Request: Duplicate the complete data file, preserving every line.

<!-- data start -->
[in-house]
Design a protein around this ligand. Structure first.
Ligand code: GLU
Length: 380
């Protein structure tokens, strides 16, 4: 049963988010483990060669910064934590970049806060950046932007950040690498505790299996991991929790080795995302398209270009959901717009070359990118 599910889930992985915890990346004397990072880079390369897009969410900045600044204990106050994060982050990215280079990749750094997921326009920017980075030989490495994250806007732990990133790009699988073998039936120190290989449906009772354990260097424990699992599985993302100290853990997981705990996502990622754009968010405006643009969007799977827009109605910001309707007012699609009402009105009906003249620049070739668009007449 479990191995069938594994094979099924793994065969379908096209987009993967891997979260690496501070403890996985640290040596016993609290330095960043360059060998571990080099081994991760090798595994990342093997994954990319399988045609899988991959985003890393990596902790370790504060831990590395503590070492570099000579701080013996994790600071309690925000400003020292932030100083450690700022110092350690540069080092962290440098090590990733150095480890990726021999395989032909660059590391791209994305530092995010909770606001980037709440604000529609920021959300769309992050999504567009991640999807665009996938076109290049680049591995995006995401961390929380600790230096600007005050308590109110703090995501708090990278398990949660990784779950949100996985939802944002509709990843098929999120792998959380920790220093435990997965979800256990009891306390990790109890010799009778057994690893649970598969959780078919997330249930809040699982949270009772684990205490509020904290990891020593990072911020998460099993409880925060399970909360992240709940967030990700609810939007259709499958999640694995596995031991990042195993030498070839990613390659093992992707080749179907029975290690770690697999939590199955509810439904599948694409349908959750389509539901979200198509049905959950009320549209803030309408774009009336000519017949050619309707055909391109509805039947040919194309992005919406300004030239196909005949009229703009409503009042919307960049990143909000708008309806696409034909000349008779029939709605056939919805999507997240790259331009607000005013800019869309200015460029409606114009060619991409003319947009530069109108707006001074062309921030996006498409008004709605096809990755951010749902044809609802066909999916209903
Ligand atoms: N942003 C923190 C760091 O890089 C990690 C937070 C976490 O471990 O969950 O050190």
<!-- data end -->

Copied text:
[in-house]
Design a protein around this ligand. Structure first.
Ligand code: GLU
Length: 380
């Protein structure tokens, strides 16, 4: 049963988010483990060669910064934590970049806060950046932007950040690498505790299996991991929790080795995302398209270009959901717009070359990118 599910889930992985915890990346004397990072880079390369897009969410900045600044204990106050994060982050990215280079990749750094997921326009920017980075030989490495994250806007732990990133790009699988073998039936120190290989449906009772354990260097424990699992599985993302100290853990997981705990996502990622754009968010405006643009969007799977827009109605910001309707007012699609009402009105009906003249620049070739668009007449 479990191995069938594994094979099924793994065969379908096209987009993967891997979260690496501070403890996985640290040596016993609290330095960043360059060998571990080099081994991760090798595994990342093997994954990319399988045609899988991959985003890393990596902790370790504060831990590395503590070492570099000579701080013996994790600071309690925000400003020292932030100083450690700022110092350690540069080092962290440098090590990733150095480890990726021999395989032909660059590391791209994305530092995010909770606001980037709440604000529609920021959300769309992050999504567009991640999807665009996938076109290049680049591995995006995401961390929380600790230096600007005050308590109110703090995501708090990278398990949660990784779950949100996985939802944002509709990843098929999120792998959380920790220093435990997965979800256990009891306390990790109890010799009778057994690893649970598969959780078919997330249930809040699982949270009772684990205490509020904290990891020593990072911020998460099993409880925060399970909360992240709940967030990700609810939007259709499958999640694995596995031991990042195993030498070839990613390659093992992707080749179907029975290690770690697999939590199955509810439904599948694409349908959750389509539901979200198509049905959950009320549209803030309408774009009336000519017949050619309707055909391109509805039947040919194309992005919406300004030239196909005949009229703009409503009042919307960049990143909000708008309806696409034909000349008779029939709605056939919805999507997240790259331009607000005013800019869309200015460029409606114009060619991409003319947009530069109108707006001074062309921030996006498409008004709605096809990755951010749902044809609802066909999916209903
Ligand atoms: N942003 C923190 C760091 O890089 C990690 C937070 C976490 O471990 O969950 O050190």